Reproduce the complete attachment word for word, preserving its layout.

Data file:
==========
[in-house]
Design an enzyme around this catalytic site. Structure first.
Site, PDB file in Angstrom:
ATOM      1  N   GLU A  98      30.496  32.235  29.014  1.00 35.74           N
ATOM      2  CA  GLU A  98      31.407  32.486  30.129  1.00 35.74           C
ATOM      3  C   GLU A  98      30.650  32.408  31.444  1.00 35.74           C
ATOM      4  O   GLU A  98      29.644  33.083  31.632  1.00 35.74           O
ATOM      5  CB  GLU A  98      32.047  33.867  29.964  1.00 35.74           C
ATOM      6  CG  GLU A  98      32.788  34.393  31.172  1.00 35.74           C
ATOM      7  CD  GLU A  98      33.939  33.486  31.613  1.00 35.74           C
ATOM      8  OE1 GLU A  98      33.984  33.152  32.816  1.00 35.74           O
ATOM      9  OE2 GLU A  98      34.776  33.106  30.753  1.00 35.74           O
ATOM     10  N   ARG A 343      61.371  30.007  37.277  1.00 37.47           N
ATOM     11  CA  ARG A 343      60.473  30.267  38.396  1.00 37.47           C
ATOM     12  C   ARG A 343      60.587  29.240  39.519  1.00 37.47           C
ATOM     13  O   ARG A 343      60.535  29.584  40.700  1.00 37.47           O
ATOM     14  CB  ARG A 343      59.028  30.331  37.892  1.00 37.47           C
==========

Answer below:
[in-house]
Design an enzyme around this catalytic site. Structure first.
Site, PDB file in Angstrom:
ATOM      1  N   GLU A  98      30.496  32.235  29.014  1.00 35.74           N
ATOM      2  CA  GLU A  98      31.407  32.486  30.129  1.00 35.74           C
ATOM      3  C   GLU A  98      30.650  32.408  31.444  1.00 35.74           C
ATOM      4  O   GLU A  98      29.644  33.083  31.632  1.00 35.74           O
ATOM      5  CB  GLU A  98      32.047  33.867  29.964  1.00 35.74           C
ATOM      6  CG  GLU A  98      32.788  34.393  31.172  1.00 35.74           C
ATOM      7  CD  GLU A  98      33.939  33.486  31.613  1.00 35.74           C
ATOM      8  OE1 GLU A  98      33.984  33.152  32.816  1.00 35.74           O
ATOM      9  OE2 GLU A  98      34.776  33.106  30.753  1.00 35.74           O
ATOM     10  N   ARG A 343      61.371  30.007  37.277  1.00 37.47           N
ATOM     11  CA  ARG A 343      60.473  30.267  38.396  1.00 37.47           C
ATOM     12  C   ARG A 343      60.587  29.240  39.519  1.00 37.47           C
ATOM     13  O   ARG A 343      60.535  29.584  40.700  1.00 37.47           O
ATOM     14  CB  ARG A 343      59.028  30.331  37.892  1.00 37.47           C